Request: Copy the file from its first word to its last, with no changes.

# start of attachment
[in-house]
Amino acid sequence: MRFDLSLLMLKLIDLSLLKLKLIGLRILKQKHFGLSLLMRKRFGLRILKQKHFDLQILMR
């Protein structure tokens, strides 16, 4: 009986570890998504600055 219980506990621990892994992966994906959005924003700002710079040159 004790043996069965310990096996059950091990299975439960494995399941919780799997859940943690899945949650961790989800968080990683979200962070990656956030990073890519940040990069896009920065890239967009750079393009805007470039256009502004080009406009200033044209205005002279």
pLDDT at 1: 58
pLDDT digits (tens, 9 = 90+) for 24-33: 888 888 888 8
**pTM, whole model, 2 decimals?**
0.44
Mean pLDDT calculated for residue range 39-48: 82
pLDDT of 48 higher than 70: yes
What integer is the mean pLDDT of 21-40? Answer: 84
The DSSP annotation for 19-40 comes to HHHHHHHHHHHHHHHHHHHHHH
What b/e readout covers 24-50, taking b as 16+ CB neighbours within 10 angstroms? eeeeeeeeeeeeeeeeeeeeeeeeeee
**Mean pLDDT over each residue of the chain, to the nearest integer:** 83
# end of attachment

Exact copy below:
[in-house]
Amino acid sequence: MRFDLSLLMLKLIDLSLLKLKLIGLRILKQKHFGLSLLMRKRFGLRILKQKHFDLQILMR
């Protein structure tokens, strides 16, 4: 009986570890998504600055 219980506990621990892994992966994906959005924003700002710079040159 004790043996069965310990096996059950091990299975439960494995399941919780799997859940943690899945949650961790989800968080990683979200962070990656956030990073890519940040990069896009920065890239967009750079393009805007470039256009502004080009406009200033044209205005002279």
pLDDT at 1: 58
pLDDT digits (tens, 9 = 90+) for 24-33: 888 888 888 8
**pTM, whole model, 2 decimals?**
0.44
Mean pLDDT calculated for residue range 39-48: 82
pLDDT of 48 higher than 70: yes
What integer is the mean pLDDT of 21-40? Answer: 84
The DSSP annotation for 19-40 comes to HHHHHHHHHHHHHHHHHHHHHH
What b/e readout covers 24-50, taking b as 16+ CB neighbours within 10 angstroms? eeeeeeeeeeeeeeeeeeeeeeeeeee
**Mean pLDDT over each residue of the chain, to the nearest integer:** 83